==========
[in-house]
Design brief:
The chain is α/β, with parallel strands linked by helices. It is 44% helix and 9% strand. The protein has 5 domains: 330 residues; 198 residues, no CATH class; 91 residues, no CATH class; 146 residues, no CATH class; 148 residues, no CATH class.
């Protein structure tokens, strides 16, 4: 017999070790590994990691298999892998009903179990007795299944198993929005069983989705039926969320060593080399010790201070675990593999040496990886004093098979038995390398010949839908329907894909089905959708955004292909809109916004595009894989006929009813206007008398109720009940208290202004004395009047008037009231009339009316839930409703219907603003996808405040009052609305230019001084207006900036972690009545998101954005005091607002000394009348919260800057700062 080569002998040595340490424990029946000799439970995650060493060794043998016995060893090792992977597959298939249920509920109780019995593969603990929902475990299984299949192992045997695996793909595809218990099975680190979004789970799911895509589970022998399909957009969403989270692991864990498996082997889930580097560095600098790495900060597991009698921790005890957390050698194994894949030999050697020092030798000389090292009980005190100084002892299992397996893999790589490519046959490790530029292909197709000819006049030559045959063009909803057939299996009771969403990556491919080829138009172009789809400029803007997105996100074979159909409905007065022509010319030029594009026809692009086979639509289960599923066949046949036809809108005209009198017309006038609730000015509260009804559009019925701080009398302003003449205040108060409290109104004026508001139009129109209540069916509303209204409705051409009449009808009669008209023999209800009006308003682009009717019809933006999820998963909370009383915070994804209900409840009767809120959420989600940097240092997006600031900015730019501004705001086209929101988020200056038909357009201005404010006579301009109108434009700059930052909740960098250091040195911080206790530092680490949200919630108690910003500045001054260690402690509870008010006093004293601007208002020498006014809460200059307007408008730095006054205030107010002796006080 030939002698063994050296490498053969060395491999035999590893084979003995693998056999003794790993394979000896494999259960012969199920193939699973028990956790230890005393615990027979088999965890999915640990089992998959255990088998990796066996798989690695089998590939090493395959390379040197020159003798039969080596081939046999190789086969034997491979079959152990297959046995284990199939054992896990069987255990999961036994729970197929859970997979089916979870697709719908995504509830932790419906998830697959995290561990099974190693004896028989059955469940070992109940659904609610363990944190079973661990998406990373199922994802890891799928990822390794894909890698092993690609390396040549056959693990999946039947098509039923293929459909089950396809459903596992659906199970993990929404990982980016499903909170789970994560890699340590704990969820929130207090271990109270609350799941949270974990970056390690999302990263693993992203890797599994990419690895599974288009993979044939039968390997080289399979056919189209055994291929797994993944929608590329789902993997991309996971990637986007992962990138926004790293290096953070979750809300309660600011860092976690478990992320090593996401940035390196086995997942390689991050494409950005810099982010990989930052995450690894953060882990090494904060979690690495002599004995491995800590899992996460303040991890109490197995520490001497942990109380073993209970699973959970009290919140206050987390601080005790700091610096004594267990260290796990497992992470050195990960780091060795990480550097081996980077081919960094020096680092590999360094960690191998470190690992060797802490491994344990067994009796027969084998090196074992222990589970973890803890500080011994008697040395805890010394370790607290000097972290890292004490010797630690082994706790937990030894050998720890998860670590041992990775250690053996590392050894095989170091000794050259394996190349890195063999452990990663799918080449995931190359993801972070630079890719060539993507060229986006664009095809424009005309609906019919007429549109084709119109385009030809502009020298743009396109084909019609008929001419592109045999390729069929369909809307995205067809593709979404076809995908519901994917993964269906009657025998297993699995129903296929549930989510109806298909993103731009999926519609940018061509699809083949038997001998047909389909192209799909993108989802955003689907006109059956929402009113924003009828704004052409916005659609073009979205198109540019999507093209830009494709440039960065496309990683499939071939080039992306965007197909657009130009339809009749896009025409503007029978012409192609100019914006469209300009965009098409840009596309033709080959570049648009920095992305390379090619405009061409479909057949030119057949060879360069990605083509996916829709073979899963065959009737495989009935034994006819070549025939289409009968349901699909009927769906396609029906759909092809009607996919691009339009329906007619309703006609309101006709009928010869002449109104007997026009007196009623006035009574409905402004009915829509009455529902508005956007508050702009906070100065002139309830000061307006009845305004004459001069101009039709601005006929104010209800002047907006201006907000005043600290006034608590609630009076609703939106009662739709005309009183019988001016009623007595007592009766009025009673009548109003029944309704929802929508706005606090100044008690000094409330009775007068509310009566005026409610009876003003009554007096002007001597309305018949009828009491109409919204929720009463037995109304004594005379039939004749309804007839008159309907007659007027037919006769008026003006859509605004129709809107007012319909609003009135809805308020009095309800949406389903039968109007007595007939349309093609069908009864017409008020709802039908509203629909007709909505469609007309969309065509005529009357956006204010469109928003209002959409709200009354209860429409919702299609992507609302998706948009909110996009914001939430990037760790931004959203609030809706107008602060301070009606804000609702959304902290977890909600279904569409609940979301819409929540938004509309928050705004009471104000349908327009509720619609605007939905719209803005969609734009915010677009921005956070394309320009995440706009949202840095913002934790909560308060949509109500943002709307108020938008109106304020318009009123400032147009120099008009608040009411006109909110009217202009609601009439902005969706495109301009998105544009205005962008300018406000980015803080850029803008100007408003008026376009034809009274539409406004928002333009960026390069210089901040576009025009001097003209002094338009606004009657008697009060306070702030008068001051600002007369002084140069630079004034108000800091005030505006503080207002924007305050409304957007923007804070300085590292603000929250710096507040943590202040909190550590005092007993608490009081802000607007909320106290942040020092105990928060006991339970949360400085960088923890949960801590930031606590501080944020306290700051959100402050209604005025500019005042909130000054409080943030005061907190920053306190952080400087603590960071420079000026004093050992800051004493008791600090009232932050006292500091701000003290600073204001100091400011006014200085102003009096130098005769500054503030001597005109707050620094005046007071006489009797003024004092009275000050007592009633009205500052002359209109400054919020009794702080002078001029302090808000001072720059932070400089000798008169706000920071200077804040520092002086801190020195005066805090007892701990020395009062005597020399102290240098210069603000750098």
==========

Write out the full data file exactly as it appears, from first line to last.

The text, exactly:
[in-house]
Design brief:
The chain is α/β, with parallel strands linked by helices. It is 44% helix and 9% strand. The protein has 5 domains: 330 residues; 198 residues, no CATH class; 91 residues, no CATH class; 146 residues, no CATH class; 148 residues, no CATH class.
């Protein structure tokens, strides 16, 4: 017999070790590994990691298999892998009903179990007795299944198993929005069983989705039926969320060593080399010790201070675990593999040496990886004093098979038995390398010949839908329907894909089905959708955004292909809109916004595009894989006929009813206007008398109720009940208290202004004395009047008037009231009339009316839930409703219907603003996808405040009052609305230019001084207006900036972690009545998101954005005091607002000394009348919260800057700062 080569002998040595340490424990029946000799439970995650060493060794043998016995060893090792992977597959298939249920509920109780019995593969603990929902475990299984299949192992045997695996793909595809218990099975680190979004789970799911895509589970022998399909957009969403989270692991864990498996082997889930580097560095600098790495900060597991009698921790005890957390050698194994894949030999050697020092030798000389090292009980005190100084002892299992397996893999790589490519046959490790530029292909197709000819006049030559045959063009909803057939299996009771969403990556491919080829138009172009789809400029803007997105996100074979159909409905007065022509010319030029594009026809692009086979639509289960599923066949046949036809809108005209009198017309006038609730000015509260009804559009019925701080009398302003003449205040108060409290109104004026508001139009129109209540069916509303209204409705051409009449009808009669008209023999209800009006308003682009009717019809933006999820998963909370009383915070994804209900409840009767809120959420989600940097240092997006600031900015730019501004705001086209929101988020200056038909357009201005404010006579301009109108434009700059930052909740960098250091040195911080206790530092680490949200919630108690910003500045001054260690402690509870008010006093004293601007208002020498006014809460200059307007408008730095006054205030107010002796006080 030939002698063994050296490498053969060395491999035999590893084979003995693998056999003794790993394979000896494999259960012969199920193939699973028990956790230890005393615990027979088999965890999915640990089992998959255990088998990796066996798989690695089998590939090493395959390379040197020159003798039969080596081939046999190789086969034997491979079959152990297959046995284990199939054992896990069987255990999961036994729970197929859970997979089916979870697709719908995504509830932790419906998830697959995290561990099974190693004896028989059955469940070992109940659904609610363990944190079973661990998406990373199922994802890891799928990822390794894909890698092993690609390396040549056959693990999946039947098509039923293929459909089950396809459903596992659906199970993990929404990982980016499903909170789970994560890699340590704990969820929130207090271990109270609350799941949270974990970056390690999302990263693993992203890797599994990419690895599974288009993979044939039968390997080289399979056919189209055994291929797994993944929608590329789902993997991309996971990637986007992962990138926004790293290096953070979750809300309660600011860092976690478990992320090593996401940035390196086995997942390689991050494409950005810099982010990989930052995450690894953060882990090494904060979690690495002599004995491995800590899992996460303040991890109490197995520490001497942990109380073993209970699973959970009290919140206050987390601080005790700091610096004594267990260290796990497992992470050195990960780091060795990480550097081996980077081919960094020096680092590999360094960690191998470190690992060797802490491994344990067994009796027969084998090196074992222990589970973890803890500080011994008697040395805890010394370790607290000097972290890292004490010797630690082994706790937990030894050998720890998860670590041992990775250690053996590392050894095989170091000794050259394996190349890195063999452990990663799918080449995931190359993801972070630079890719060539993507060229986006664009095809424009005309609906019919007429549109084709119109385009030809502009020298743009396109084909019609008929001419592109045999390729069929369909809307995205067809593709979404076809995908519901994917993964269906009657025998297993699995129903296929549930989510109806298909993103731009999926519609940018061509699809083949038997001998047909389909192209799909993108989802955003689907006109059956929402009113924003009828704004052409916005659609073009979205198109540019999507093209830009494709440039960065496309990683499939071939080039992306965007197909657009130009339809009749896009025409503007029978012409192609100019914006469209300009965009098409840009596309033709080959570049648009920095992305390379090619405009061409479909057949030119057949060879360069990605083509996916829709073979899963065959009737495989009935034994006819070549025939289409009968349901699909009927769906396609029906759909092809009607996919691009339009329906007619309703006609309101006709009928010869002449109104007997026009007196009623006035009574409905402004009915829509009455529902508005956007508050702009906070100065002139309830000061307006009845305004004459001069101009039709601005006929104010209800002047907006201006907000005043600290006034608590609630009076609703939106009662739709005309009183019988001016009623007595007592009766009025009673009548109003029944309704929802929508706005606090100044008690000094409330009775007068509310009566005026409610009876003003009554007096002007001597309305018949009828009491109409919204929720009463037995109304004594005379039939004749309804007839008159309907007659007027037919006769008026003006859509605004129709809107007012319909609003009135809805308020009095309800949406389903039968109007007595007939349309093609069908009864017409008020709802039908509203629909007709909505469609007309969309065509005529009357956006204010469109928003209002959409709200009354209860429409919702299609992507609302998706948009909110996009914001939430990037760790931004959203609030809706107008602060301070009606804000609702959304902290977890909600279904569409609940979301819409929540938004509309928050705004009471104000349908327009509720619609605007939905719209803005969609734009915010677009921005956070394309320009995440706009949202840095913002934790909560308060949509109500943002709307108020938008109106304020318009009123400032147009120099008009608040009411006109909110009217202009609601009439902005969706495109301009998105544009205005962008300018406000980015803080850029803008100007408003008026376009034809009274539409406004928002333009960026390069210089901040576009025009001097003209002094338009606004009657008697009060306070702030008068001051600002007369002084140069630079004034108000800091005030505006503080207002924007305050409304957007923007804070300085590292603000929250710096507040943590202040909190550590005092007993608490009081802000607007909320106290942040020092105990928060006991339970949360400085960088923890949960801590930031606590501080944020306290700051959100402050209604005025500019005042909130000054409080943030005061907190920053306190952080400087603590960071420079000026004093050992800051004493008791600090009232932050006292500091701000003290600073204001100091400011006014200085102003009096130098005769500054503030001597005109707050620094005046007071006489009797003024004092009275000050007592009633009205500052002359209109400054919020009794702080002078001029302090808000001072720059932070400089000798008169706000920071200077804040520092002086801190020195005066805090007892701990020395009062005597020399102290240098210069603000750098």